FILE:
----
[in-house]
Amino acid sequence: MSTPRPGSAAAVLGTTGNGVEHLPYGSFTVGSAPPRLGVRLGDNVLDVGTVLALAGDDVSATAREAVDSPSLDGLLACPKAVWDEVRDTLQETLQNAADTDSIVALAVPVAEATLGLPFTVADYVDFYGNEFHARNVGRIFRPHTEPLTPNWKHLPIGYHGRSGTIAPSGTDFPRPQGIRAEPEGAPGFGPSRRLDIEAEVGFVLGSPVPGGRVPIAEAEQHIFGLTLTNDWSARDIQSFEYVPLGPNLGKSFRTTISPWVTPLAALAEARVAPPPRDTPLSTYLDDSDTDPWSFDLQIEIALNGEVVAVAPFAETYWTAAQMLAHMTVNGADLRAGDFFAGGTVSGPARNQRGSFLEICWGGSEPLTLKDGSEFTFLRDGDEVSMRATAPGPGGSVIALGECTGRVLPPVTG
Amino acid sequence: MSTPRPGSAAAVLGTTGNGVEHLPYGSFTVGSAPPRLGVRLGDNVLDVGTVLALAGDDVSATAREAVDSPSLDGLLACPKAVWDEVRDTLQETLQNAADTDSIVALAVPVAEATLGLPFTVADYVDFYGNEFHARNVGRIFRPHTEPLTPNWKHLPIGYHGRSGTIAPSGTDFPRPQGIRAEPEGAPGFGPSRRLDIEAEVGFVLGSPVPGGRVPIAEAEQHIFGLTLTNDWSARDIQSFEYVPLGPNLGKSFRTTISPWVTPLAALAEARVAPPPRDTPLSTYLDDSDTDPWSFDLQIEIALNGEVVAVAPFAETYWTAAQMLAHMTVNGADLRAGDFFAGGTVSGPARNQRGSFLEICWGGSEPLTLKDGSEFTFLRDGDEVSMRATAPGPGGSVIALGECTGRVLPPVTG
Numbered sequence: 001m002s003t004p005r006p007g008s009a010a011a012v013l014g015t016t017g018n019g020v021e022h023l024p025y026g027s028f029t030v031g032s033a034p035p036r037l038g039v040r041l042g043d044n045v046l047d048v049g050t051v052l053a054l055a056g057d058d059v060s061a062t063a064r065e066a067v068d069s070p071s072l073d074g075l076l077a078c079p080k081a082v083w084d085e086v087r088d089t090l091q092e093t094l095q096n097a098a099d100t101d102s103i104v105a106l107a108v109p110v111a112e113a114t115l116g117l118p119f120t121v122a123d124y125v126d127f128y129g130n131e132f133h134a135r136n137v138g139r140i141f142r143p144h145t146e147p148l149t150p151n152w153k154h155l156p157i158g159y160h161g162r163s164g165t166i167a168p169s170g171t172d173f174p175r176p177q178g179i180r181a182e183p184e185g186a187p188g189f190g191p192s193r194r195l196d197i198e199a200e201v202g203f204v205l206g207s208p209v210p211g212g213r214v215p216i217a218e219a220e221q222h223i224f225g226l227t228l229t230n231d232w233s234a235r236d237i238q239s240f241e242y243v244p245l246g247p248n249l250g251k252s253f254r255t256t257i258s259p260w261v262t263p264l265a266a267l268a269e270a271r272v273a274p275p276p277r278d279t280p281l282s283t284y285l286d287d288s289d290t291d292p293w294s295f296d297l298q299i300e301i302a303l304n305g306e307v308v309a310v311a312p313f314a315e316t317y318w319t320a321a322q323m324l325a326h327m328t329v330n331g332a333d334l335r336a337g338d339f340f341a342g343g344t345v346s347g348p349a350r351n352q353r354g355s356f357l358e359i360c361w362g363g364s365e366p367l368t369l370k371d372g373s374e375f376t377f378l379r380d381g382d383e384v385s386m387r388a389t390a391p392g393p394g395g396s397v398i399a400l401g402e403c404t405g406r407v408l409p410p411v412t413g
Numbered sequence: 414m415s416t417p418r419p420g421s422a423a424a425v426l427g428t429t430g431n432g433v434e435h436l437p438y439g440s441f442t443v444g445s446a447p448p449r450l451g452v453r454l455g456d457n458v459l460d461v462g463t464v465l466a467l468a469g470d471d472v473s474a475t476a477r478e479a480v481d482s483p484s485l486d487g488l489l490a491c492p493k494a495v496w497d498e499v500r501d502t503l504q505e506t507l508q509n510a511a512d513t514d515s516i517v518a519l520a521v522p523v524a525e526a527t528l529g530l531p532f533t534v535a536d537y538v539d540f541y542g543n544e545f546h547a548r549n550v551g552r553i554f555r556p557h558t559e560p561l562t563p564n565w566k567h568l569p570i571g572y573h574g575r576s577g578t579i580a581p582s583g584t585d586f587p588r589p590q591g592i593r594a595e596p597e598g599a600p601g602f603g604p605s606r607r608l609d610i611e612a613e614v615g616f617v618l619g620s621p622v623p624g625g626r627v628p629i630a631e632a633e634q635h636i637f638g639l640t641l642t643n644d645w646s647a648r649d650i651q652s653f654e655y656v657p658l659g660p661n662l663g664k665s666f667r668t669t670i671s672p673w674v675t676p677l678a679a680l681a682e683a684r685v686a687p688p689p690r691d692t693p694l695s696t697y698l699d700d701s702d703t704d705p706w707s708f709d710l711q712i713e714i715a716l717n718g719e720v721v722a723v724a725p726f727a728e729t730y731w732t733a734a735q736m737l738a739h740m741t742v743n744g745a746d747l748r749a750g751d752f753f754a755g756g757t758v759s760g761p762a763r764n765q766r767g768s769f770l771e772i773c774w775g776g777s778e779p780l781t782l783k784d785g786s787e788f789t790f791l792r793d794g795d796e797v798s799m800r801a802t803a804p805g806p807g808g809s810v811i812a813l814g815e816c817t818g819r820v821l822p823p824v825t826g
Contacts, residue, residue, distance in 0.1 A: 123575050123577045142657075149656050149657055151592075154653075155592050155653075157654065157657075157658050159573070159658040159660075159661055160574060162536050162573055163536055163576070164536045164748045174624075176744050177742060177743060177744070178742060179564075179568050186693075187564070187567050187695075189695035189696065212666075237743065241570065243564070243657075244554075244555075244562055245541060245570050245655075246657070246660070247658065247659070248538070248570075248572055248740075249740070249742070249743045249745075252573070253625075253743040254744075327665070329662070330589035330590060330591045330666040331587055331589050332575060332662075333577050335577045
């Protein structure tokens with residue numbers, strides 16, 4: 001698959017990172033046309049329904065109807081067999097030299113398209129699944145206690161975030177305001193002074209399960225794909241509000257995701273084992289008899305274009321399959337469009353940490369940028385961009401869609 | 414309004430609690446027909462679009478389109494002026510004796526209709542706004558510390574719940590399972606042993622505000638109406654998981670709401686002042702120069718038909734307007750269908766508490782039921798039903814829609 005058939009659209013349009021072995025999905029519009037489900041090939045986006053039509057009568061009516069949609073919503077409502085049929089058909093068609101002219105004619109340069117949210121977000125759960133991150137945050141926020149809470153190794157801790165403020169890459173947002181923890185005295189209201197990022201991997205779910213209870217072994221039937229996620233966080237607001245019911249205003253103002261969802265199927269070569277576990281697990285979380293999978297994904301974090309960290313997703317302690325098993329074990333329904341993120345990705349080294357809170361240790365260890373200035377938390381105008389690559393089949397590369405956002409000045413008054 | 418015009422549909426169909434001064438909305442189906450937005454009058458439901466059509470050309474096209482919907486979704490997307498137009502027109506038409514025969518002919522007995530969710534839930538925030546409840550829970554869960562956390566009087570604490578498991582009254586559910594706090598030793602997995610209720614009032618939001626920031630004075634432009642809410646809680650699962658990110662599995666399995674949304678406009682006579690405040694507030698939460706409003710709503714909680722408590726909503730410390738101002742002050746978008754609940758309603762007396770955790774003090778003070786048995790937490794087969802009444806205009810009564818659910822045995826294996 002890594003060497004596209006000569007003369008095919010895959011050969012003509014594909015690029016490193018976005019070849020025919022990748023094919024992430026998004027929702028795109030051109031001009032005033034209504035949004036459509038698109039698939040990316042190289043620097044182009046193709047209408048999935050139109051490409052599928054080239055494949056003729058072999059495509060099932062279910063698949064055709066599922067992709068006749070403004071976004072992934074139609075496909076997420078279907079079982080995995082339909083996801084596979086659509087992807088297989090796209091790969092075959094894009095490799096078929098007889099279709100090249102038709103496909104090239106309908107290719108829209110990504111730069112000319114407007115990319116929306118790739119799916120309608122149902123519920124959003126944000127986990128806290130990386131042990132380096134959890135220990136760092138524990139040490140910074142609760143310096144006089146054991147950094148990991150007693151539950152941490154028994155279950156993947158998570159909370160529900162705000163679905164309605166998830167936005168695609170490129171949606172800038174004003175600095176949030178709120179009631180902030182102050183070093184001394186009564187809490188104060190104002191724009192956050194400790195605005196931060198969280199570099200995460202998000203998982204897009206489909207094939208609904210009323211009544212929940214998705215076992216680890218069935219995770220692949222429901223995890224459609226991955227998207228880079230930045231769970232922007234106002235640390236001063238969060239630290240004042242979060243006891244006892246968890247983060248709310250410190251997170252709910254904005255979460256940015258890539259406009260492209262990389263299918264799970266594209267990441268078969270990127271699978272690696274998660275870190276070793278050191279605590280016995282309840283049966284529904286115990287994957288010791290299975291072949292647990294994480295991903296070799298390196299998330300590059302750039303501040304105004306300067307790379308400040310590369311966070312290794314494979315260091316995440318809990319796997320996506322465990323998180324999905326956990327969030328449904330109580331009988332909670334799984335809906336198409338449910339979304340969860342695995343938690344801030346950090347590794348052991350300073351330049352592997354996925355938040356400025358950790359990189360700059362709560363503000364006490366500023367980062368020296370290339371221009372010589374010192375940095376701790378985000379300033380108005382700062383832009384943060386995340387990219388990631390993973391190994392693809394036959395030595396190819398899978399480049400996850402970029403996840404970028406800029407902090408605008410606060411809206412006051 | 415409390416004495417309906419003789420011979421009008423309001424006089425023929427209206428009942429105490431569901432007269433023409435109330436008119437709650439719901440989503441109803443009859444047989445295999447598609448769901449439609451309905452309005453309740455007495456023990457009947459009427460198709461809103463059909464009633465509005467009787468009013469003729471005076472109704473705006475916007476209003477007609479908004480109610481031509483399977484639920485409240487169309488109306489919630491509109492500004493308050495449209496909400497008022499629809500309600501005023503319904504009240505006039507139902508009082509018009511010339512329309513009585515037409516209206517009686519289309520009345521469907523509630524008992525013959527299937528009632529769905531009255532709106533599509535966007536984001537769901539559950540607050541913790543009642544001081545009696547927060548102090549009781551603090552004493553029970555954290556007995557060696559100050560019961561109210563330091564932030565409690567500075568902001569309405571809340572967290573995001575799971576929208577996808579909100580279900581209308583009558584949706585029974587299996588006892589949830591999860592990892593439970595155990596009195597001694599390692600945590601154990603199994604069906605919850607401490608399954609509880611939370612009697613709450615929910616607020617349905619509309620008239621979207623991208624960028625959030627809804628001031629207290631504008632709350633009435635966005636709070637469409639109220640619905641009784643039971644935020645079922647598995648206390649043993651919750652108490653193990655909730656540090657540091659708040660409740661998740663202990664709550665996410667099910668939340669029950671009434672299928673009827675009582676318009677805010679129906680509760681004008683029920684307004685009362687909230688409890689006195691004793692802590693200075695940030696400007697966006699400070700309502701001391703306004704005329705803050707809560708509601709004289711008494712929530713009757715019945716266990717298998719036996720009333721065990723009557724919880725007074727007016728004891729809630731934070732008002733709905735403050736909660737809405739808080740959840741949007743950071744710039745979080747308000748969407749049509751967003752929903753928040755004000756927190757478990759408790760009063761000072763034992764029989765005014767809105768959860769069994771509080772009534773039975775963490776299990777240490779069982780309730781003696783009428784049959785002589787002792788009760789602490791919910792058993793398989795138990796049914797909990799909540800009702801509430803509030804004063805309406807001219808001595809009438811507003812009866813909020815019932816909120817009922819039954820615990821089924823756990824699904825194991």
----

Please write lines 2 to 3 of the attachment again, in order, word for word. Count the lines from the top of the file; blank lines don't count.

Amino acid sequence: MSTPRPGSAAAVLGTTGNGVEHLPYGSFTVGSAPPRLGVRLGDNVLDVGTVLALAGDDVSATAREAVDSPSLDGLLACPKAVWDEVRDTLQETLQNAADTDSIVALAVPVAEATLGLPFTVADYVDFYGNEFHARNVGRIFRPHTEPLTPNWKHLPIGYHGRSGTIAPSGTDFPRPQGIRAEPEGAPGFGPSRRLDIEAEVGFVLGSPVPGGRVPIAEAEQHIFGLTLTNDWSARDIQSFEYVPLGPNLGKSFRTTISPWVTPLAALAEARVAPPPRDTPLSTYLDDSDTDPWSFDLQIEIALNGEVVAVAPFAETYWTAAQMLAHMTVNGADLRAGDFFAGGTVSGPARNQRGSFLEICWGGSEPLTLKDGSEFTFLRDGDEVSMRATAPGPGGSVIALGECTGRVLPPVTG
Amino acid sequence: MSTPRPGSAAAVLGTTGNGVEHLPYGSFTVGSAPPRLGVRLGDNVLDVGTVLALAGDDVSATAREAVDSPSLDGLLACPKAVWDEVRDTLQETLQNAADTDSIVALAVPVAEATLGLPFTVADYVDFYGNEFHARNVGRIFRPHTEPLTPNWKHLPIGYHGRSGTIAPSGTDFPRPQGIRAEPEGAPGFGPSRRLDIEAEVGFVLGSPVPGGRVPIAEAEQHIFGLTLTNDWSARDIQSFEYVPLGPNLGKSFRTTISPWVTPLAALAEARVAPPPRDTPLSTYLDDSDTDPWSFDLQIEIALNGEVVAVAPFAETYWTAAQMLAHMTVNGADLRAGDFFAGGTVSGPARNQRGSFLEICWGGSEPLTLKDGSEFTFLRDGDEVSMRATAPGPGGSVIALGECTGRVLPPVTG